I got the worst news in the world: I’m balding on the front of my head.
Yesterday I went to get a haircut and noticed it for the first time. It makes me feel old. I thought I’d never show signs of aging, you know, because of the plant-based diet and exercise routine.
For the next few hours, I thought about life and how short it is. I went deep in my mind and got all philosophical. Felt amazing. So much clarity.
What’s unique about this experience is this huge aha-moment happened on what I call a “curiosity day.” Let me explain.
The magic of taking a curiosity day
Most of us chase our to-do list all day, every day.
Or we focus our days on being reactive to the requests of others. As such our curiosity and imagination get quietly suppressed.
After a while of living in this state of mind you start to feel dead inside.
Recently I began to feel the onset of burnout again. I’ve worked too hard, written too much, and overloaded my calendar.
In fact I’ve written so much that my right hand now feels partly paralyzed. So I decided to take unconventional action. Typically we’d take rest days or go on a holiday if we reached burnout.
I decided to take curiosity days instead.
What are they? A day spent chasing your curiosity from when you wake up to when you go to bed.
Will someone please think of the children
Kids don’t have to-do lists.
Think about it. What they do is wake up and go everywhere. They’re explorers. They tell stories. They use their imagination to turn common adult tasks into an adventure.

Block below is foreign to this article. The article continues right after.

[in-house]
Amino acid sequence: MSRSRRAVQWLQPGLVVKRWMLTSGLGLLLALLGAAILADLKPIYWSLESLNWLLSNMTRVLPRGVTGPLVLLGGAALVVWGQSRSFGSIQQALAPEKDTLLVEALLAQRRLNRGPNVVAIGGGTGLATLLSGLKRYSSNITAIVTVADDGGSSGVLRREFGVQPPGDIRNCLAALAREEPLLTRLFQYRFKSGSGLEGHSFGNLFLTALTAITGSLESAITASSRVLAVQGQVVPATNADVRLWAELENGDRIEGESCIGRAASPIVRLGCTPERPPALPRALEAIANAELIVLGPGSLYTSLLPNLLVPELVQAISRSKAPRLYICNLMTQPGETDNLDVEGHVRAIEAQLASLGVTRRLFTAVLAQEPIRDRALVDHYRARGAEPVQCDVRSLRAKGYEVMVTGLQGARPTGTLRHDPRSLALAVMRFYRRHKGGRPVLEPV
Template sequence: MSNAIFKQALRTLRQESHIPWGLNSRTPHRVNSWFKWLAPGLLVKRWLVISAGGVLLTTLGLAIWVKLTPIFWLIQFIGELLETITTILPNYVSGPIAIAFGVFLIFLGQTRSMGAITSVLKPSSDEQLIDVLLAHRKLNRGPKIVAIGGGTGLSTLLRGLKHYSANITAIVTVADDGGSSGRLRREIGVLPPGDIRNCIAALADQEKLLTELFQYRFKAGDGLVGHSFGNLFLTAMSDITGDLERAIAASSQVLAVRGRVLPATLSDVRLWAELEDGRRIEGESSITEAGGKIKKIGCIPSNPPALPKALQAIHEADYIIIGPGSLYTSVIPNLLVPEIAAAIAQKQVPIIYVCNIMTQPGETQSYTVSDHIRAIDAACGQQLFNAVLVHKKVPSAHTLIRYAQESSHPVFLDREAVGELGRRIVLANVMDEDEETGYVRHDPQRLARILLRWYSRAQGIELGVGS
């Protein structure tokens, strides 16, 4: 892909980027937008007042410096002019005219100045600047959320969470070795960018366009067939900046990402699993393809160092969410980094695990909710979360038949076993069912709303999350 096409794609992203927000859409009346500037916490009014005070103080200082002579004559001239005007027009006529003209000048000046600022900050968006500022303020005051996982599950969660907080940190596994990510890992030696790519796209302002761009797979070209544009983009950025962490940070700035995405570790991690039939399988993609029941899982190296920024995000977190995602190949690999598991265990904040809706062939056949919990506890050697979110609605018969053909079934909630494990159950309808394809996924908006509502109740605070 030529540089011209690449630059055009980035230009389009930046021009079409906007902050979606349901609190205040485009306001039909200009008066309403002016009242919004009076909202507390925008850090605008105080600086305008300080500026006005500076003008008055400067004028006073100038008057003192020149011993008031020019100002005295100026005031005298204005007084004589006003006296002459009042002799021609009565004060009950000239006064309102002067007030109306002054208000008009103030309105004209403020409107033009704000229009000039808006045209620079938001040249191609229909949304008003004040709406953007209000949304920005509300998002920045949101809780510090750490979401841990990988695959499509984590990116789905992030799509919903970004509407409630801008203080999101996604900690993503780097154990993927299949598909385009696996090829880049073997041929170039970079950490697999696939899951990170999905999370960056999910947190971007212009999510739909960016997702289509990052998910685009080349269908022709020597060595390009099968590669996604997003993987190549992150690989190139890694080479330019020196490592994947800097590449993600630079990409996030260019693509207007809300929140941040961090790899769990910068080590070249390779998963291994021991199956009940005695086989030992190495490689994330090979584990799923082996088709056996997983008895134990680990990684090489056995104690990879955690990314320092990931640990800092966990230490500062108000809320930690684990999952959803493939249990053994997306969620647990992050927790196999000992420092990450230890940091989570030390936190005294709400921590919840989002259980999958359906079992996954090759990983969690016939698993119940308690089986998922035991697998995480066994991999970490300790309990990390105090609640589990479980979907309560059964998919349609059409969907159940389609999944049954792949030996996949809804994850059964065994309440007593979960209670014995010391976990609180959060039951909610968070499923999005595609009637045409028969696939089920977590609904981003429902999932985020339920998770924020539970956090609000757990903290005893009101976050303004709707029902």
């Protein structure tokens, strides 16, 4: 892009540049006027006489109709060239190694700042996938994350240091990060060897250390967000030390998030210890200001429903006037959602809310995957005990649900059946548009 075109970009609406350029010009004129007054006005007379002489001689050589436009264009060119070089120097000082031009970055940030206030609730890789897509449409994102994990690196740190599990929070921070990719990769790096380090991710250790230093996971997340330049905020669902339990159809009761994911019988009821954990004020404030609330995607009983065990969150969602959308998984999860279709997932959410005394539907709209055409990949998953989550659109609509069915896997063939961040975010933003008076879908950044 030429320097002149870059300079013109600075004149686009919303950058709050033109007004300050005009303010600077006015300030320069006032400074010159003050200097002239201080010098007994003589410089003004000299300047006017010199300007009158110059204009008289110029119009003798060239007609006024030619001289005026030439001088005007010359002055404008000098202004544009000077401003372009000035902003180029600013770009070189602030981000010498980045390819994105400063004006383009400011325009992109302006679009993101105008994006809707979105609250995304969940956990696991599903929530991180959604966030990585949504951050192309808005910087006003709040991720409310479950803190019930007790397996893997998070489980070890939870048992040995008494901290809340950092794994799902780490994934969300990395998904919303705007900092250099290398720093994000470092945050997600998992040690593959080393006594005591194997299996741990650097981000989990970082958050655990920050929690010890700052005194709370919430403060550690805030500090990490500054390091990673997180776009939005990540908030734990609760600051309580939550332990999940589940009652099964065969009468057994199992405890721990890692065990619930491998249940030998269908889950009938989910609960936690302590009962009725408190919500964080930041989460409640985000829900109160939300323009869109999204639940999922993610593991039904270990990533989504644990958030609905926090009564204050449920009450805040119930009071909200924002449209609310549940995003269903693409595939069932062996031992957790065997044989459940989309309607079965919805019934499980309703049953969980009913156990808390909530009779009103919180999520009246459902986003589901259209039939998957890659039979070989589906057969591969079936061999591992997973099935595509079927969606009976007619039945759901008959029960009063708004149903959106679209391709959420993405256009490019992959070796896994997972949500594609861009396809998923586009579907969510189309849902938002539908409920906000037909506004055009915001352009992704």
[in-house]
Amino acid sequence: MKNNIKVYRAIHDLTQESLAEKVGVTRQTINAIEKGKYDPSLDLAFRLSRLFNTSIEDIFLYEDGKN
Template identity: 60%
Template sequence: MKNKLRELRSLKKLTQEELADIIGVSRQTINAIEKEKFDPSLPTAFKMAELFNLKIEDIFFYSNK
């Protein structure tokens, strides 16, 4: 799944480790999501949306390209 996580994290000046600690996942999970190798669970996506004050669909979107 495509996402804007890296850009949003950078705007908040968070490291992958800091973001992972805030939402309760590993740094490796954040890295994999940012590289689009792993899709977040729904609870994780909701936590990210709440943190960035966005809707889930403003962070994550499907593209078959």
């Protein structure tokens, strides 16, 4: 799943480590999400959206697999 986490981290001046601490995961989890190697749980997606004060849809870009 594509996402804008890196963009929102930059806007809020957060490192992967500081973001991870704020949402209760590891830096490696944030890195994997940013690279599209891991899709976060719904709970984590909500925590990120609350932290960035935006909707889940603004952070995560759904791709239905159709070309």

‘Adulting’ means we can’t do this all the time like them. We have energy bills to pay and sky-high gas to put in the car. But we can get inspired by their example.
So I did.
On my recent curiosity days I went down rabbit holes. I’d open a blank browser and simply start reading. Then I’d click links and hop from one piece of content to the next.
The difference is, normally, I do this sort of internet browsing with an outcome in mind. But with a curiosity day there’s no outcome.
The only outcome is to have fun.
As kids we used to play endlessly.
Until we were told to stop playing.
And compete. Endlessly! — Ankur Warikoo
Here is a list of things I did on my curiosity days:
Get ready to have a blast!
1. Read kids’ books
As a kid I loved a picture book called “How to Live Forever.” So on my curiosity day I got a copy. It took me way back. I thought about things I hadn’t remembered in decades.
Then I let that kids’ book lead me to the next. I landed on TinTin. In one afternoon I went from kids’ book to kids’ book. Suddenly my imagination sparked up again.
I said to myself “there are no rules. THERE ARE NO RULES!”
2. Call people you haven’t spoken to for years
I’ve had the same cellphone number since 1999.
On my curiosity day I rang people whose numbers were still in my phone, but who I hadn’t spoken to in 5+ years.
It was totally random. People I called were like “Yo, what up dude, it’s been ages.” Naturally, they asked “But why are you calling? What can I do for you?”
As good little economic cogs in the institutional machine we’re trained as adults to think every call must end in a transaction. What surprised the people I rang randomly was this line: